Gold Heavy Seas Beer Golden or Blonde Ale Baltimore, Md.

OKTOBERFEST RECAP

I’ll still ask, even at this late date — did everybody have (a) good Oktoberfest(s)? It’s my favorite beer season.

Like the Washington Nationals, the local ones did not last as long into October as I would like. I did not make it out to any events either, but I sampled four regional Oktoberfest beers:

Rhinofest by Lost Rhino – Probably the best, a little sweetness, but not overpowering. My wife liked it the most. It was about $10 for a 30 oz bottle though.
Corcoran Brewery (half-growler) – good, if I lived out in Loudoun County, I’d be inclined to get a half-growler if I were having a few people over.
Port City Brewing Co. – As always, it sold out too soon – I only got one six pack of it. I never saw it in stores, only at the brewery.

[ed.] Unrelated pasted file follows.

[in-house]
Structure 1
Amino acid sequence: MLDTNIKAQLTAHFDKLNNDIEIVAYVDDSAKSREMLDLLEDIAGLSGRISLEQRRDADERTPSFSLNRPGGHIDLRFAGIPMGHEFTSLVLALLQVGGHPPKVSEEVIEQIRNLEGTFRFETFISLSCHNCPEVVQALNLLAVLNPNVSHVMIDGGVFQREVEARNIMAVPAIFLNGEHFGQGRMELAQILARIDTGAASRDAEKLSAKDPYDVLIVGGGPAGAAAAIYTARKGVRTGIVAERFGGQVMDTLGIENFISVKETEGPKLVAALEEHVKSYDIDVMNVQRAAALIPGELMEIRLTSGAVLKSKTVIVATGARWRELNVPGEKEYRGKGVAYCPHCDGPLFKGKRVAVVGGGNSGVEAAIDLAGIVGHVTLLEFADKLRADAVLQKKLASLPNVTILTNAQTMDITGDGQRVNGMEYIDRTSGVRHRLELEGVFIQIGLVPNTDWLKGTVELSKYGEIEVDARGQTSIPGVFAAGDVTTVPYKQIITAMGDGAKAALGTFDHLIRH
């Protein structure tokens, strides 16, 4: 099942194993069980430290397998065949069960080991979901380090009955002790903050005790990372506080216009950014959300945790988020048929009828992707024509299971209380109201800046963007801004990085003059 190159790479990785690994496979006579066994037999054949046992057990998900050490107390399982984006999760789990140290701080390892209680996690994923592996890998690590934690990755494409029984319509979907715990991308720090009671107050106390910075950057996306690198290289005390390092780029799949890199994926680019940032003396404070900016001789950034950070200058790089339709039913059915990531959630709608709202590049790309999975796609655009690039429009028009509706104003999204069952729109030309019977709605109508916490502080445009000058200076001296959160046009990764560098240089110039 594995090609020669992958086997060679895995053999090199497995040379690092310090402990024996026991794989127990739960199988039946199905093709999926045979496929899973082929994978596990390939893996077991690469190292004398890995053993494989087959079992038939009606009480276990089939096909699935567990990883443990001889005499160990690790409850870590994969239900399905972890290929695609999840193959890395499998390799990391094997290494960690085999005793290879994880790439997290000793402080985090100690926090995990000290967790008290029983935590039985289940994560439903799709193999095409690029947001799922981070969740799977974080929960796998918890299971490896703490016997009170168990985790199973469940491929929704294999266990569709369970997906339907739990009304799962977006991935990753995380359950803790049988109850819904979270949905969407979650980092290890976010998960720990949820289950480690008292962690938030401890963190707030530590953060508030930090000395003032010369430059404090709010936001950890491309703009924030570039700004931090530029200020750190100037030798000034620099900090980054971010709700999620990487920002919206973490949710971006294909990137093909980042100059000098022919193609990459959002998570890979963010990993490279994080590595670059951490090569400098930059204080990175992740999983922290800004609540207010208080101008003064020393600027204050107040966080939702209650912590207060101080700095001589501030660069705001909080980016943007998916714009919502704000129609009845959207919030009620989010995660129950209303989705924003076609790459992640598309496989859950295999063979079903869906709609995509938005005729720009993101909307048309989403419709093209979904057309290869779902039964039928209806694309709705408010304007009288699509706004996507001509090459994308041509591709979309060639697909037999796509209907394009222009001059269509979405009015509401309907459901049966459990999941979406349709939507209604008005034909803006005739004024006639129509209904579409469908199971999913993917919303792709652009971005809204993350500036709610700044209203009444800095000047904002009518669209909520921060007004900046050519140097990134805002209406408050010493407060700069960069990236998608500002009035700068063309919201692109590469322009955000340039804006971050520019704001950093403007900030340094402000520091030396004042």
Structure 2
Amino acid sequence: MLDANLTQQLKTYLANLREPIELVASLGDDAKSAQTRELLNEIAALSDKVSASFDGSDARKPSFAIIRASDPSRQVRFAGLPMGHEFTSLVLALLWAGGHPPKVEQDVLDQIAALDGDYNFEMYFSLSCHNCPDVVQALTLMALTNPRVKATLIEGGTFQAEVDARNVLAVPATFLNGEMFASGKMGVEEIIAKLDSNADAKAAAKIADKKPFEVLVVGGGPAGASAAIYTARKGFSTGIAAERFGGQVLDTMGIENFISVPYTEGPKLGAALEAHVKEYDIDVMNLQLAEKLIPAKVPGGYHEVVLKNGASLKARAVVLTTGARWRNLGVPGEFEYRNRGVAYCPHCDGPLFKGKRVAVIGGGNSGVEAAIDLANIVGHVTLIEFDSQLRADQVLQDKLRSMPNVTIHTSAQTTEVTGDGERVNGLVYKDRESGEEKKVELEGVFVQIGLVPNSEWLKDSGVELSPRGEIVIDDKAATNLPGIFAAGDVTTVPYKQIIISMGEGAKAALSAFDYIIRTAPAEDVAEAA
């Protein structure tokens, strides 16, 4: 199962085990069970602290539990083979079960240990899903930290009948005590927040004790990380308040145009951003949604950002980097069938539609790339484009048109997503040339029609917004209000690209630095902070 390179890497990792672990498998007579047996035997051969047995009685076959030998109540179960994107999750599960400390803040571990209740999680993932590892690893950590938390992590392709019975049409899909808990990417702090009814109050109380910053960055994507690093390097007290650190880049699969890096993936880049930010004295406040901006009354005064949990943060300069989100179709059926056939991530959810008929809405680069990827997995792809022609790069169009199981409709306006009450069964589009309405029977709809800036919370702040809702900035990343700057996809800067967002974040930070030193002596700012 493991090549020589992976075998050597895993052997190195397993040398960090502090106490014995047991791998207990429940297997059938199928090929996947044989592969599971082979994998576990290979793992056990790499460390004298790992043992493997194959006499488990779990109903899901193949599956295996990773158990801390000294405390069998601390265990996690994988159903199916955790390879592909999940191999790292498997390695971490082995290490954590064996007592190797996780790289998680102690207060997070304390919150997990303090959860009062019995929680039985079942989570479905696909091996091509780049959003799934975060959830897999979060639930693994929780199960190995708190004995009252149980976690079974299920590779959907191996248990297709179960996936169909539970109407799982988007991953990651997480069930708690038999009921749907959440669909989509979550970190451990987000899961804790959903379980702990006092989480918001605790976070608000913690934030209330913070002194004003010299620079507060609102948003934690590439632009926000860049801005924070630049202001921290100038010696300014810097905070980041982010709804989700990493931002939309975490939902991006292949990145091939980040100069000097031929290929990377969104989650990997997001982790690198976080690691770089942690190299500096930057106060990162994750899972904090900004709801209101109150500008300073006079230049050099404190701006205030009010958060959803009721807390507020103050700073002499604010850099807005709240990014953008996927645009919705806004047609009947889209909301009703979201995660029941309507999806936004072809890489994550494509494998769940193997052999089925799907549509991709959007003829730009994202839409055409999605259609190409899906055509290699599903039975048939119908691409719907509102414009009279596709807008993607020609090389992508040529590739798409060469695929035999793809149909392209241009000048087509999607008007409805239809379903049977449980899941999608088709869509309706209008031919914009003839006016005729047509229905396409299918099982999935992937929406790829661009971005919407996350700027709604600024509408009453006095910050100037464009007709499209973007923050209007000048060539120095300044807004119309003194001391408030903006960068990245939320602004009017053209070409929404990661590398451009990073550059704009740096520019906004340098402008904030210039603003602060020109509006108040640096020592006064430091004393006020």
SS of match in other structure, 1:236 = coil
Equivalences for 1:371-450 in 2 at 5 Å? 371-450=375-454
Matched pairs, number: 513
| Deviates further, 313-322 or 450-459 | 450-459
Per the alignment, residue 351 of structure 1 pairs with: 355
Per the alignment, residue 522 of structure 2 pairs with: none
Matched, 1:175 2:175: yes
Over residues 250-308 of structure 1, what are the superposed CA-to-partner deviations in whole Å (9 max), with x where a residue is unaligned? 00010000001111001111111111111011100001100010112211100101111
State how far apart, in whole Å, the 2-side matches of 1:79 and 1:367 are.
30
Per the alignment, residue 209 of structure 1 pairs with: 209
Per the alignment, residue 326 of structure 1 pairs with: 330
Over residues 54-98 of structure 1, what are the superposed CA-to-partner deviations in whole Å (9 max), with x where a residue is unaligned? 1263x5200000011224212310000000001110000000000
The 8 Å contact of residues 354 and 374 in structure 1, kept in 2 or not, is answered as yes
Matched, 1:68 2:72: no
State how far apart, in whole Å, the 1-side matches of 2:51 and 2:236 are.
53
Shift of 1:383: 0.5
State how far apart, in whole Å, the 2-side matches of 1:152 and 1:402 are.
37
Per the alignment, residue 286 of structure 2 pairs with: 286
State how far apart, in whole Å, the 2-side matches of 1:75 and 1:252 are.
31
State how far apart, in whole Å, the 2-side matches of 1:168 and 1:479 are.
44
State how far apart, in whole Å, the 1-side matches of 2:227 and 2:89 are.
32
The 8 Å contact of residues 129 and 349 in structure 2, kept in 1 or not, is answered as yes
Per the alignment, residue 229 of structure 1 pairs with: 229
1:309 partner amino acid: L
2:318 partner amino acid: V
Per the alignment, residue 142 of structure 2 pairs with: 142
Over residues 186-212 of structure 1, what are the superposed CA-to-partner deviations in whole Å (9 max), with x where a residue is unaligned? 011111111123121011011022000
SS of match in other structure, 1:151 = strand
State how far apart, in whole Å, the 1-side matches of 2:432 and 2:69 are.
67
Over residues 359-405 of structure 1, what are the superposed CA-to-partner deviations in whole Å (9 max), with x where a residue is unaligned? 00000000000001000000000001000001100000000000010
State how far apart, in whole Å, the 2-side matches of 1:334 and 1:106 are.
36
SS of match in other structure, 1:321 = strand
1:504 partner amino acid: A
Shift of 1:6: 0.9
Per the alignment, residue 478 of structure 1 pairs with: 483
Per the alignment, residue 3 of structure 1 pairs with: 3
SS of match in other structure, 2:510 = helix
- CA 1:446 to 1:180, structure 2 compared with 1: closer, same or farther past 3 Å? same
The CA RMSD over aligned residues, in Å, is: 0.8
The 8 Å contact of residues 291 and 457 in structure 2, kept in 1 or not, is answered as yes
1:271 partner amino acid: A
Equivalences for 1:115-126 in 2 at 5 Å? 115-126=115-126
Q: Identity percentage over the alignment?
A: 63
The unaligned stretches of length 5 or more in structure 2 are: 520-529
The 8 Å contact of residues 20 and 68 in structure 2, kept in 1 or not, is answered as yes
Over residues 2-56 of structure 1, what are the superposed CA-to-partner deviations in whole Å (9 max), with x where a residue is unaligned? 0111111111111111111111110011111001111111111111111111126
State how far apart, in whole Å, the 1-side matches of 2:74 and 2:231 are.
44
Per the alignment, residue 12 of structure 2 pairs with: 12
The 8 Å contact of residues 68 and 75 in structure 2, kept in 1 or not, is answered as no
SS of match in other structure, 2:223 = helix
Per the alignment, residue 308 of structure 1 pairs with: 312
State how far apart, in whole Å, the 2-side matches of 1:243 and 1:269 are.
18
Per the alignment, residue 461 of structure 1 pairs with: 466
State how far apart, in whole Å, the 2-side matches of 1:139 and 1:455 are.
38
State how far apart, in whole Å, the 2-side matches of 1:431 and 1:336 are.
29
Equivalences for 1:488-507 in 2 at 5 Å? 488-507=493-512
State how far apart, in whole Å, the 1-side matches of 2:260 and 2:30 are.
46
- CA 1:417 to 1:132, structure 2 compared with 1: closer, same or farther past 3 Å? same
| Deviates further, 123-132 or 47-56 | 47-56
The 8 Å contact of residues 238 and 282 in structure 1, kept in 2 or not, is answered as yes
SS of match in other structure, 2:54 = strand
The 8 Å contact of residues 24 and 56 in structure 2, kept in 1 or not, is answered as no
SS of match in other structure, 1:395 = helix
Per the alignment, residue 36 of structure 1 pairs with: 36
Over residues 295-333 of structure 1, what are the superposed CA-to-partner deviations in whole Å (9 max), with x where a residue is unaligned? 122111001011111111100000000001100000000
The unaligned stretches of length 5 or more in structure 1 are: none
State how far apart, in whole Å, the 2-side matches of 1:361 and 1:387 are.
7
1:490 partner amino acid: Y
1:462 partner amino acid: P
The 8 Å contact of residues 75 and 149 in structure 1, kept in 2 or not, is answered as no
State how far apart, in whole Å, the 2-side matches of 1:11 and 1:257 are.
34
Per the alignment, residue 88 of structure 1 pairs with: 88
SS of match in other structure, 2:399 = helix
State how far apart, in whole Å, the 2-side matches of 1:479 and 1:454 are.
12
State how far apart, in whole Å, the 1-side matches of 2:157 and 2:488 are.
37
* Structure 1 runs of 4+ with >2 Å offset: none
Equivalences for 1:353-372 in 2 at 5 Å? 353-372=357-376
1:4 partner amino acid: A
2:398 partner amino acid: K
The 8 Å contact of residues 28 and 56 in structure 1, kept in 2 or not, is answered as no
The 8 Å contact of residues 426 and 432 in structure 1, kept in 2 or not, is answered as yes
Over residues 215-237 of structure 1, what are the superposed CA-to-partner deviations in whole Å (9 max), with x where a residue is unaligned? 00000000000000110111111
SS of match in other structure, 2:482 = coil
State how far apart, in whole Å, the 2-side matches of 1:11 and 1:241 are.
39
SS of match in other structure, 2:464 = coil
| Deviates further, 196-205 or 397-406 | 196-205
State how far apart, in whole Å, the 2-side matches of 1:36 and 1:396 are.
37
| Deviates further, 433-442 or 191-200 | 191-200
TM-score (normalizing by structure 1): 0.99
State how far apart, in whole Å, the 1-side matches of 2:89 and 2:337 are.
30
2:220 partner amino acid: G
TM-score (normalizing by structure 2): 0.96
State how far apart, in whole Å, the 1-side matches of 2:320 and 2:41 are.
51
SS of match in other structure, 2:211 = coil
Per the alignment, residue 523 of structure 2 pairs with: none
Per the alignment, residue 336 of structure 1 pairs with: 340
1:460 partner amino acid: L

DC Brau – I bought a couple at the penultimate Nats game and enjoyed them. Not surprisingly, this was the hoppiest of the four area ‘fests. It paired well with a half-smoke though.

Flying Dog also makes an Oktoberfest, Dogtoberfest, but I didn’t get it this year. There may still be some sixpacks of their Old Bay-infused Dead Rise beer at Van Dorn Safeway and the Vienna Giant, by the way.

Outside of the region, I sampled the following:

Great Lakes Brewing Co. (Cleveland)
Shinerfest (Texas)
Harpoon (New England)
Leingkugel (Wisconsin)
Saranac (New York State)

Great Lakes was my favorite of the four, but Shiner and Leinie are pretty special. Harpoon and Saranac are also solid choices.

I had Samuel Adams Oktoberfest somewhere too, on draft, but can’t remember where. It’s not my favorite and Yuengling Oktoberfest was surprisingly disappointing last year. There may be some sixpacks of Old Dominion, formerly of this region, but now from Delaware, floating around. Leingkugel made it well into the New Year.

Next year, my wife and I will make it to a fest and report back on it.